Last fall, the National Bureau of Economic Research (NBER) published a working paper by researchers Thomas S. Dee and Hans Henrik Sieversten titled The Gift of Time? School Starting Age and Mental Health. The well-developed study quantifies the effects of predicating enrollment in formal schooling on the mental health of students. However, parents, educators, and policy makers must be careful not to over-apply these findings for children with extraordinary gifts and talents.
Dee and Sieversten use robust data and a sound statistical methodology to demonstrate that delaying entry into kindergarten results in better mental health among students in later years, particularly when it comes to self-regulation. The researchers note that improved self-regulation may serve as a leading indicator for future academic success. While this is a potentially valuable finding, we must take heed of the numerous caveats and limitations of the study. It is particularly important to be cautious when making real decisions for individual children.
The intellectual foundations for the study come from Danish National Birth Cohort (DNBC) data. The study is therefore more indicative of Danish social and educational environments. While the DNBC provides a robust trove of information, the special characteristics of the Danish setting may not translate to the experiences of children and family in the United States. As noted by the researchers, Danish children benefit from universal pre-kindergarten offered by well-trained early childhood educators. This is not necessarily the case for the majority of children in the United States. The researchers also report that respondents to the follow-up DNBC tend to be more affluent. In the United States, over 50 percent of school-aged children live in poverty or come from economically at-risk families. Finally, the report does not take into account children with extraordinary gifts and talents. Decades of research show that gifted and talented children often experience asynchronous intellectual, social, and emotional development.
It is important to recognize the research limitations of the Dee and Sieversten study and refrain from too readily adopting their recommendations in U.S. schools. Policy makers are quick to act on this type of research, which seems to offer quick solutions like delaying kindergarten by a year. Additionally, the research seems to propel the unfounded mythology among parents, educators, and the general public that delaying entry into kindergarten will make children stronger, smarter, and more successful in later years. Dee and Sievertsen acknowledge the “academic red-shirting” fad and warn that broader educational research fails to substantiate this wishful thinking. However, our leaders are prone to knee-jerk reactions—especially when they reduce the cost of education.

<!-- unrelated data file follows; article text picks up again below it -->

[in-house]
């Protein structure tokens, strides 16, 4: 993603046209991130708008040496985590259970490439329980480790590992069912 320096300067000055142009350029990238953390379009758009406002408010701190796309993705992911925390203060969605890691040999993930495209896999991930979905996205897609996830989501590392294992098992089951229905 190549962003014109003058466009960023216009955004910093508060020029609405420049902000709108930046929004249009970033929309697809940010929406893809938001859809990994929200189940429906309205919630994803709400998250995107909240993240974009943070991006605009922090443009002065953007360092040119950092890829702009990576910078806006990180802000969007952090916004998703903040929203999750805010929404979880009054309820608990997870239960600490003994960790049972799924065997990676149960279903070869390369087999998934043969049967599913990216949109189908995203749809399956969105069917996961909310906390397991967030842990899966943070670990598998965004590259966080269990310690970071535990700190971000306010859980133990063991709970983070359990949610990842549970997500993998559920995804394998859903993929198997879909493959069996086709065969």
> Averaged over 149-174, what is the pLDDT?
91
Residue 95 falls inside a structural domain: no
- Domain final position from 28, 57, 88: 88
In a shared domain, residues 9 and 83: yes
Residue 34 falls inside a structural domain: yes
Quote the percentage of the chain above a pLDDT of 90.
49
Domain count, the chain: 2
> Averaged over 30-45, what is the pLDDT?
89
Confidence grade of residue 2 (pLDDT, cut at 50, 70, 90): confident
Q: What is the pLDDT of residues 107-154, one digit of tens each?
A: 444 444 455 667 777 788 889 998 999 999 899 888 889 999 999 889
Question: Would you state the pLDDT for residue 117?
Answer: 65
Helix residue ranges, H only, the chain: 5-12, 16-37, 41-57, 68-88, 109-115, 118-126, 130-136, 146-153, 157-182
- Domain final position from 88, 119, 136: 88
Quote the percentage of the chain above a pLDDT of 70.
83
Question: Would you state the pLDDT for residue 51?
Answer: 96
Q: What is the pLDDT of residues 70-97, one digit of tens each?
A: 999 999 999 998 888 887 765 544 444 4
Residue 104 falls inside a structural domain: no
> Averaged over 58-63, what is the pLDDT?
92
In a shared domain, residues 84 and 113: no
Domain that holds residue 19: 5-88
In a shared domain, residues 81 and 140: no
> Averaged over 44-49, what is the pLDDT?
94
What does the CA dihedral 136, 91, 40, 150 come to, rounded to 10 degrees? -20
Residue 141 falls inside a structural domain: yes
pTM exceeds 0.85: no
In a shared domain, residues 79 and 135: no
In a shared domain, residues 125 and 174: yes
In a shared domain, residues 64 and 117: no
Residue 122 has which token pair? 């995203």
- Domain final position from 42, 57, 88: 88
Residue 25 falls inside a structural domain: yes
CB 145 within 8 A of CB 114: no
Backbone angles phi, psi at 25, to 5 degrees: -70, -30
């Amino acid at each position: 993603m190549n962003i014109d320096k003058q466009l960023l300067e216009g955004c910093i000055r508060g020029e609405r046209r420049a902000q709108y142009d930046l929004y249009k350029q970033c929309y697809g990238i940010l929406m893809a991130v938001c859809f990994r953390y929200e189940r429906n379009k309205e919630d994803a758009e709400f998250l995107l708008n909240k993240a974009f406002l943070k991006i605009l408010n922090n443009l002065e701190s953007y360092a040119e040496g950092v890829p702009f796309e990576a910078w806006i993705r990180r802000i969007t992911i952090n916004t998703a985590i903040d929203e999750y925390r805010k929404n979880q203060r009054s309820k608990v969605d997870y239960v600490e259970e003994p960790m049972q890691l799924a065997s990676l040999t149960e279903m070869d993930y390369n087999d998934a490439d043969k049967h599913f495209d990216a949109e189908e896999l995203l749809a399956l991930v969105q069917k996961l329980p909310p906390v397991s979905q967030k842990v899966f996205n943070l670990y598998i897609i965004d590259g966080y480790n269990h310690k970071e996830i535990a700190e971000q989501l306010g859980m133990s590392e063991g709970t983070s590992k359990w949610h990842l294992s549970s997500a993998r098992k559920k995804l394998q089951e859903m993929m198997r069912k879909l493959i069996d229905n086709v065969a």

Delaying kindergarten can be problematic for children with extraordinary gifts and talents, as well as children from economically disadvantaged backgrounds. For the gifted, a wealth of research shows the promise of academic acceleration strategies like early entry into kindergarten. Federally funded research studies reveal that gifted children are familiar with 35–40 percent of the kindergarten curriculum on their very first day. Imagine the potential negative effects for these children of delaying kindergarten another year. For the gifted, delaying entry may force them to repeat nearly two years of school. Such a mistake would prove terribly frustrating for gifted children, their parents, and the educators who have to manage classes with such a wide spectrum of knowledge, skills, and abilities among students.
As parents and educators know well, one-size-fits-all policies and practices often fail segments of the school-age population. While we should not dismiss the importance of Dee and Sievertsen’s findings, we must trust parents and educators to make decisions about educational placements. Parents and teachers should base these decisions on the readiness of individual students. This is especially true of students with extraordinary gifts and talents who can benefit cognitively, socially, and emotionally from educational acceleration strategies such as early kindergarten, curriculum compacting, and grade skipping.
- Find more information on gifted education strategies like acceleration on the NAGC website.
- View the NAGC Position Statement on acceleration.
- Download A Nation Empowered: Evidence Trumps the Excuses Holding Back America’s Brightest Students from the Belin-Blank Center, College of Education, University of Iowa.
M. René Islas is the executive director of the National Association for Gifted Children.
Editor's note: This is part of a series of blog posts that is collaboratively published every week by the National Association for Gifted Children and the Thomas B. Fordham Institute. Each post in the series exists both here on Flypaper and on the NAGC Blog.